10th May, 20204 min read

Should I be worried about a breast lump?

Medical reviewer:
Healthily's medical team
Healthily's medical team
Tomas Duffin
Tomas Duffin
Last reviewed: 11/05/2020
Medically reviewed

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Breast lumps are common, but it’s important to get any lump in your breast checked by a doctor - don’t let fear delay you.

Most breast lumps are harmless and are not a sign of cancer, but being aware of any changes in your breasts can make all the difference.

In the unlikely event that your symptoms do turn out to be cancer, early diagnosis and treatment is key to making a complete recovery.

What can cause breast lumps?

Most breast lumps can’t be prevented and can be caused by many things. For example, you may have:

  • a fluid-filled lump (cyst) – these can be caused by changes in hormone levels and are most common in women who still have periods and those having hormone replacement therapy (HRT)
  • a solid lump (fibroadenoma) - these can be caused by changes in hormone levels and are more common in young women
  • inflammation of the breast (mastitis) – sometimes be caused by breastfeeding
  • nipple discharge - this can be caused by breastfeeding, a blocked milk duct, a breast infection or the side-effects of certain medication
  • injured the breast
  • scarring of the breast due to previous surgeries
  • a hard, uneven lump often caused by trauma or bruising to the breast (fat necrosis)
  • a harmless fatty growth that causes a lump (lipoma)
  • a collection of pus under the skin (breast abscess)
  • a growth in a milk duct, which may lead to nipple discharge (intraductal papilloma)
  • a blood clot (haematoma)

The above reasons are usually nothing to worry about, but if you feel a lump in your breast of any kind you should always get it checked by a doctor.

When else should I get my breasts checked by a doctor?

As well as lumps, you should keep an eye on any other changes to your breasts. For example, ask yourself regularly:

  1. Have you noticed a change in the size or shape of your breasts?
  2. Do you have pain that won’t go away in one part of your breast or armpit?
  3. Are there any dimples, wrinkles or small folds on your breast?
  4. Is there any redness on your breast or a rash around the nipple area?
  5. Has your nipple changed shape or position?
  6. Has fluid come out of one or both nipples?

If you answered yes to any of these questions, you should visit a doctor as soon as possible.

Breast lumps - what will the doctor do

What will the doctor do?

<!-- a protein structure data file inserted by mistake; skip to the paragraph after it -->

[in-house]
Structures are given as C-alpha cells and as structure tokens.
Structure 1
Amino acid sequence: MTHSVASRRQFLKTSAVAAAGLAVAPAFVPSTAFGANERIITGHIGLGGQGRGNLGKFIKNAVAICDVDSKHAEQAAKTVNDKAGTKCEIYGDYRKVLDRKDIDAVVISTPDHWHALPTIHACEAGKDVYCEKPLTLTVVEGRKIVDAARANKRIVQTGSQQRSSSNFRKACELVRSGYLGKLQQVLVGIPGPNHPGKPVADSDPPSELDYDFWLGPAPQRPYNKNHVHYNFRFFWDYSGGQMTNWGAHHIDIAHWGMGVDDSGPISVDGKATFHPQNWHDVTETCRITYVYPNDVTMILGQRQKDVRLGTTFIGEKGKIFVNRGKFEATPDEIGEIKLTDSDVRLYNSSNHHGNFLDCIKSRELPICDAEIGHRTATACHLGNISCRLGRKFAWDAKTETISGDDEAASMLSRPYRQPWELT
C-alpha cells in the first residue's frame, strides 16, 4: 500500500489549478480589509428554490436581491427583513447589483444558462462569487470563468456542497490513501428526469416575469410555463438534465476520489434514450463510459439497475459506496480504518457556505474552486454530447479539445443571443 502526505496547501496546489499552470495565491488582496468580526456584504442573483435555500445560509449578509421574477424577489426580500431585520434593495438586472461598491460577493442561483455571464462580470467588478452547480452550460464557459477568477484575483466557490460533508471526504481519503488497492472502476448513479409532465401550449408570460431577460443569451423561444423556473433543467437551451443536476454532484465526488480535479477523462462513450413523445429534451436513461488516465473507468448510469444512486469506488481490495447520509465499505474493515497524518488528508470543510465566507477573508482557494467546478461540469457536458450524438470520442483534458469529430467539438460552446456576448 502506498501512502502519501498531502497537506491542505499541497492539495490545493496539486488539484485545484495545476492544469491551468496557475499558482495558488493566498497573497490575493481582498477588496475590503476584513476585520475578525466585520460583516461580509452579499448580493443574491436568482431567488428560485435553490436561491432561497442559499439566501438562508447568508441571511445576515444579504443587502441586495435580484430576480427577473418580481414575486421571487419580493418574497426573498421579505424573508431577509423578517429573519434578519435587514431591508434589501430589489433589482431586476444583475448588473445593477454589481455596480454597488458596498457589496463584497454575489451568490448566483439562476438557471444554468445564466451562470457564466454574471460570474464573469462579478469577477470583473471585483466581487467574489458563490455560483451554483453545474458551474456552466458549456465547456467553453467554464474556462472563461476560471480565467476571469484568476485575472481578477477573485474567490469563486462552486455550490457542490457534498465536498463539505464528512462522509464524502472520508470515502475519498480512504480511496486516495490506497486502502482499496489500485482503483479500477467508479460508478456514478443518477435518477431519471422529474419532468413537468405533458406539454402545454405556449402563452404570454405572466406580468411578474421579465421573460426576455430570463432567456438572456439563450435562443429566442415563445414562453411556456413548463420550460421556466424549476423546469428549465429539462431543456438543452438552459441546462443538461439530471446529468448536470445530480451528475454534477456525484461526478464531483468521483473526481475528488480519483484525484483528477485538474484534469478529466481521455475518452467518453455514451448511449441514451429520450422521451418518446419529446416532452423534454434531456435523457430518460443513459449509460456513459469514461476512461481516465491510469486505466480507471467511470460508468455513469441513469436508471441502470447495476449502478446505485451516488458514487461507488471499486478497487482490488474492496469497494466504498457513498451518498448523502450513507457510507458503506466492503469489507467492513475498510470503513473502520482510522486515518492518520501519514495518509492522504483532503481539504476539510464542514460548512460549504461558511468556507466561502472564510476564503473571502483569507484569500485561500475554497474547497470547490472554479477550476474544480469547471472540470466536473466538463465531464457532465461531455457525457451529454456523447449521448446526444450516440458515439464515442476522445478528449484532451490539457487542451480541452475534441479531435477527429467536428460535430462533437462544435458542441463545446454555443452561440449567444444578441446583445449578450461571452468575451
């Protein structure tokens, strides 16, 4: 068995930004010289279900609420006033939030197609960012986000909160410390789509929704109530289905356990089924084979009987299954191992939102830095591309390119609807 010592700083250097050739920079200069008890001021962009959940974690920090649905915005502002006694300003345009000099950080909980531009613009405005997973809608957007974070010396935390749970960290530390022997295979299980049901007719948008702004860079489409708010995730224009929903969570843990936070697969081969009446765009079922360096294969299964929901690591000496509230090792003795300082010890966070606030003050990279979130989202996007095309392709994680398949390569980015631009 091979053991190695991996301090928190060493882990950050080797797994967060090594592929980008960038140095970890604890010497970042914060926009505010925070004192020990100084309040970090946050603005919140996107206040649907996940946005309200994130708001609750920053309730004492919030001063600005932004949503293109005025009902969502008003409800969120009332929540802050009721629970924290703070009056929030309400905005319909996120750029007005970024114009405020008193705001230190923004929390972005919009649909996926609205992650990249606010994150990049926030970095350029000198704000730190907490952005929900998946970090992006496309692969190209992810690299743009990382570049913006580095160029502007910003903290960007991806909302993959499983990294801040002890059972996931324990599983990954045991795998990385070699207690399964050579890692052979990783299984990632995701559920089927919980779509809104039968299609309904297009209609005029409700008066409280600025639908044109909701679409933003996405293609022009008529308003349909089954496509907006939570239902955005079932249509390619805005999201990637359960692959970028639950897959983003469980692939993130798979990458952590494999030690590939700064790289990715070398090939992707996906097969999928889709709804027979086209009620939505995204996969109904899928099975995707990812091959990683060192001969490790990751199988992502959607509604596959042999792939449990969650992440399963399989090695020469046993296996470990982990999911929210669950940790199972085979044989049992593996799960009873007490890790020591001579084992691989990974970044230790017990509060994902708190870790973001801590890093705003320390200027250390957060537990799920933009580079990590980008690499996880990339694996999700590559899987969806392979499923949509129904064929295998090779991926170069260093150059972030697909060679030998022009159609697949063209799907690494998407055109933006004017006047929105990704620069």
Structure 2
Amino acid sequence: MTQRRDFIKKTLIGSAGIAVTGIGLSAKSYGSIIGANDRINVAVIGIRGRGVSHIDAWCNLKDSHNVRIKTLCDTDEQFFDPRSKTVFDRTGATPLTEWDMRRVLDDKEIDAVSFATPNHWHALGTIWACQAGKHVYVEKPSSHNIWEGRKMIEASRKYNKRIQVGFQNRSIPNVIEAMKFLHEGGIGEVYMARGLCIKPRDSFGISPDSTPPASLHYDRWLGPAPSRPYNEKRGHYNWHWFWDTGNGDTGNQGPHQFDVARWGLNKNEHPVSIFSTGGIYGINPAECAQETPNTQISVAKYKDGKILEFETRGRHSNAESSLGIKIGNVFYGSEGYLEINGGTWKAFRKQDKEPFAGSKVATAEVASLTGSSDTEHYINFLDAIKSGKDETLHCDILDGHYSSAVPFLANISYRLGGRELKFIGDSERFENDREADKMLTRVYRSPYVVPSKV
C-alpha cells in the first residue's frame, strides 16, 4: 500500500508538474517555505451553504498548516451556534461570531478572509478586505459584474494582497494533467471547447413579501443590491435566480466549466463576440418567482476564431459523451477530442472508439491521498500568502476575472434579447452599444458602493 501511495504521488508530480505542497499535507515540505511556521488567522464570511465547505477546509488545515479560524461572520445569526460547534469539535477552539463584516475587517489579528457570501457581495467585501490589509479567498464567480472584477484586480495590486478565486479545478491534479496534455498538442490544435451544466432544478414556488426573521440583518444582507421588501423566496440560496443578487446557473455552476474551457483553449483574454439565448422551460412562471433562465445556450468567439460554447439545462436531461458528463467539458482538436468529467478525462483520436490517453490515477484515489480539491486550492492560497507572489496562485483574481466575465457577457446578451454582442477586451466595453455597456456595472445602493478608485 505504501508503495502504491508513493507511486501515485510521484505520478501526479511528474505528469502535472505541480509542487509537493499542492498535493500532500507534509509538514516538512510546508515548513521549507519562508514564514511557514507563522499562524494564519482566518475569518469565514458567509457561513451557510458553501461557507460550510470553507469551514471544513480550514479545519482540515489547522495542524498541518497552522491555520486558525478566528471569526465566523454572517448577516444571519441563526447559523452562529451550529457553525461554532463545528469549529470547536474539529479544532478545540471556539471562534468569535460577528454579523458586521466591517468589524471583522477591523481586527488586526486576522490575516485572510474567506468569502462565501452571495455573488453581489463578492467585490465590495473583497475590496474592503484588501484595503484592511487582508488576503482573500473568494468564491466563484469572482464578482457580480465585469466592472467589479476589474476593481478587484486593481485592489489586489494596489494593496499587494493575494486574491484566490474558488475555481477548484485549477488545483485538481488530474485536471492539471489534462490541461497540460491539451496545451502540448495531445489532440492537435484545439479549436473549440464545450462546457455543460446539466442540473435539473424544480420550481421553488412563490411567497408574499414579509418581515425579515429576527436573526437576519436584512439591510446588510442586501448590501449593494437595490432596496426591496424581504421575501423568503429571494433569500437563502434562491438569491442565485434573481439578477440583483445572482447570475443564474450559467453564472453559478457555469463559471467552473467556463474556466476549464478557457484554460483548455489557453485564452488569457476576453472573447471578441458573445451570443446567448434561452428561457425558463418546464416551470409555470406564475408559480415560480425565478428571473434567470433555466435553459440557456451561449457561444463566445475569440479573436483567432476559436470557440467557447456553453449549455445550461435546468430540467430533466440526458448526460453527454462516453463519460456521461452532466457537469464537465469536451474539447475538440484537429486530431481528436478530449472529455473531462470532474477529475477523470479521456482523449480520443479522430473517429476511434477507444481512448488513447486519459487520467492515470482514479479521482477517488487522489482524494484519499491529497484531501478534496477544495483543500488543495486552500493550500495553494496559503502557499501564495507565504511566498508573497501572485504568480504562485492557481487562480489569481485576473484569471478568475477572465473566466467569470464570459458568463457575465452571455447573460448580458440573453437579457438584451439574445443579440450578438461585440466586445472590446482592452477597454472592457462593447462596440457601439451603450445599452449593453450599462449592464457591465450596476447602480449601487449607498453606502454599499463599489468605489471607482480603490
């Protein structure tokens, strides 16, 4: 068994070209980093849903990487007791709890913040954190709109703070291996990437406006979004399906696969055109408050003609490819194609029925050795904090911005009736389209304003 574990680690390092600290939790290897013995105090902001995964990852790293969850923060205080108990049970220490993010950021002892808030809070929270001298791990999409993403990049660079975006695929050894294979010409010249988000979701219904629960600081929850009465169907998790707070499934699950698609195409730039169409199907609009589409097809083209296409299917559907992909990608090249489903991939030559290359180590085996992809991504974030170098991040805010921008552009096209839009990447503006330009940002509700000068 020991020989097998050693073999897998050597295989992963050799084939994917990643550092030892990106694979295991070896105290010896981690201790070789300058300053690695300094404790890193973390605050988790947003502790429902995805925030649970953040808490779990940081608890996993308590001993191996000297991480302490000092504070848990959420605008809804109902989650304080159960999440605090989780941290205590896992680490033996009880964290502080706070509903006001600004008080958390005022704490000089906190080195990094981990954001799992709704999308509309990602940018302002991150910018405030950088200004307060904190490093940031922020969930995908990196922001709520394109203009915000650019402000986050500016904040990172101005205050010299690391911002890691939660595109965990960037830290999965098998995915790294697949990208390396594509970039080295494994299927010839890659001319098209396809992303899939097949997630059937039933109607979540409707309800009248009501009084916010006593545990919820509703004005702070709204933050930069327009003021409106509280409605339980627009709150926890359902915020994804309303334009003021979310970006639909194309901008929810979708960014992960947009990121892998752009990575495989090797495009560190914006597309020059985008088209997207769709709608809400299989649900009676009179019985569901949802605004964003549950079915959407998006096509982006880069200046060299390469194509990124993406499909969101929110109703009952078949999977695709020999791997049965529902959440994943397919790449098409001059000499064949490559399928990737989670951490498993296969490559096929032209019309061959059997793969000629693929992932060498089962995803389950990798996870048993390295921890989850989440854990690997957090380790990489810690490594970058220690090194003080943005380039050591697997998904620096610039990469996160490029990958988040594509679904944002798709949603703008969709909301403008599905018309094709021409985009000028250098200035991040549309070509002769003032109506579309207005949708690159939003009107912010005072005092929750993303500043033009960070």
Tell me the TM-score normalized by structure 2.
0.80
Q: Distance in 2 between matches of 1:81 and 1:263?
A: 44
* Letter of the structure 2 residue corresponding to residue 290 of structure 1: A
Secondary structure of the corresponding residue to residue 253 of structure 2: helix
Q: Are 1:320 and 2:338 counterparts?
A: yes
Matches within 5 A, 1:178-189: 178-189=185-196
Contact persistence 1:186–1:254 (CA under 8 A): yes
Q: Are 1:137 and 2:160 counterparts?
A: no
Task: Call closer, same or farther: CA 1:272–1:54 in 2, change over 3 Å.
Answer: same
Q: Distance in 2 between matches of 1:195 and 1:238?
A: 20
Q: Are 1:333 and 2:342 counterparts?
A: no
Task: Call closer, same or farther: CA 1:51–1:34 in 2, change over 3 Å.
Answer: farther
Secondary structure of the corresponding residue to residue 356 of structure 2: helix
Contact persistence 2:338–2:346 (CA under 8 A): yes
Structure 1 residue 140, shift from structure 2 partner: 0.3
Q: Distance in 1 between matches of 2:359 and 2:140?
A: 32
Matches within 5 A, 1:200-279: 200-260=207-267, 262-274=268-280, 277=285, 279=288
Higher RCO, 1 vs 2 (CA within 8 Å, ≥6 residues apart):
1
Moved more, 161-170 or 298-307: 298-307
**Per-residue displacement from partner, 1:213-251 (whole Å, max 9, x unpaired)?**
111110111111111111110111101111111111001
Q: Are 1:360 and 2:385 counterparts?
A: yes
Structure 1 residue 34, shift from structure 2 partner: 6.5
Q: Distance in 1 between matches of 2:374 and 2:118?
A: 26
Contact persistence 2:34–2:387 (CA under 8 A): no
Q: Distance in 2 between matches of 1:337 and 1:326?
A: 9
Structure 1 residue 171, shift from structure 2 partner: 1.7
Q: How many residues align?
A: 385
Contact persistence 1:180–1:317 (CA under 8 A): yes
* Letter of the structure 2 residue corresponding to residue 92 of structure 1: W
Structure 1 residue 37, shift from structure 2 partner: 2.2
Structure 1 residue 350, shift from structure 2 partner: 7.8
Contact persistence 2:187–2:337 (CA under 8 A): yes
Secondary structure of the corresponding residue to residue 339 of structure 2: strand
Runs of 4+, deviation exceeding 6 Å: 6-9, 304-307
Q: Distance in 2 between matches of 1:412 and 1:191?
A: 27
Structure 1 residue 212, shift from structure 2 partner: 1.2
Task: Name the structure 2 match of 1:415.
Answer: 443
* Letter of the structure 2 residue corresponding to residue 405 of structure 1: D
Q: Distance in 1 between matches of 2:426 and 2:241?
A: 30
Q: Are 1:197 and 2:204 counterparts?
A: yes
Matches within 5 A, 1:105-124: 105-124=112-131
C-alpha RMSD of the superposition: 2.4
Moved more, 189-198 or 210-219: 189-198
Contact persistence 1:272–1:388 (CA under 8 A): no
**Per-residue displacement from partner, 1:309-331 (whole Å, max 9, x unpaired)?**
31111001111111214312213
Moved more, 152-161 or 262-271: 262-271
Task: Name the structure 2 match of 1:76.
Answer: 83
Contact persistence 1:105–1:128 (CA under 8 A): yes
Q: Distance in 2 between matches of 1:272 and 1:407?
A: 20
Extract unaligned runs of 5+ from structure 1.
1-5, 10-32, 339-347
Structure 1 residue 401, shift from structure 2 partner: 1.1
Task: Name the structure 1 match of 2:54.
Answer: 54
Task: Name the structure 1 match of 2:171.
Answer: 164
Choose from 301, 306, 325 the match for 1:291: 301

A doctor will examine your breasts and ask questions about your symptoms and family history. They may suggest you go for further tests in hospital or at a breast care clinic.

Depending on your age and symptoms, you may have the following tests:

  • a mammogram - this is an X-ray of the breast
  • an ultrasound - this gives an image of the inside of the breast
  • a biopsy - when a sample of cells is taken from your breast lump and sent to a laboratory for testing

These tests should confirm what type of breast lump you have.

If the doctor doesn’t refer you for tests, ask them to explain why.

They may ask you to return in a week or 2 if things don’t improve, but go back sooner if your symptoms get worse.


Breast lumps [Internet]. nhs.uk. 2020 [cited 17 February 2020]. Available here.

Benign breast lumps | Health Information | Bupa UK [Internet]. Bupa.co.uk. 2020 [cited 17 February 2020]. Available here.

Find out about fibroadenoma [Internet]. Breast Cancer Now. 2020 [cited 17 February 2020]. Available here.

Learn all about breast cysts [Internet]. Breast Cancer Now. 2020 [cited 17 February 2020]. Available here.

Seeing your GP | Breast cancer | Cancer Research UK [Internet]. Cancerresearchuk.org. 2020 [cited 17 February 2020]. Available here.

How should I check my breasts? [Internet]. nhs.uk. 2020 [cited 18 February 2020]. Available here.

Breast cancer awareness - Your.MD [Internet]. Your.MD. 2020 [cited 18 February 2020]. Available here.

Breast lump - Your.MD [Internet]. Your.MD. 2020 [cited 18 February 2020]. Available here.

Nipple discharge [Internet]. nhs.uk. 2020 [cited 1 May 2020]. Available here.

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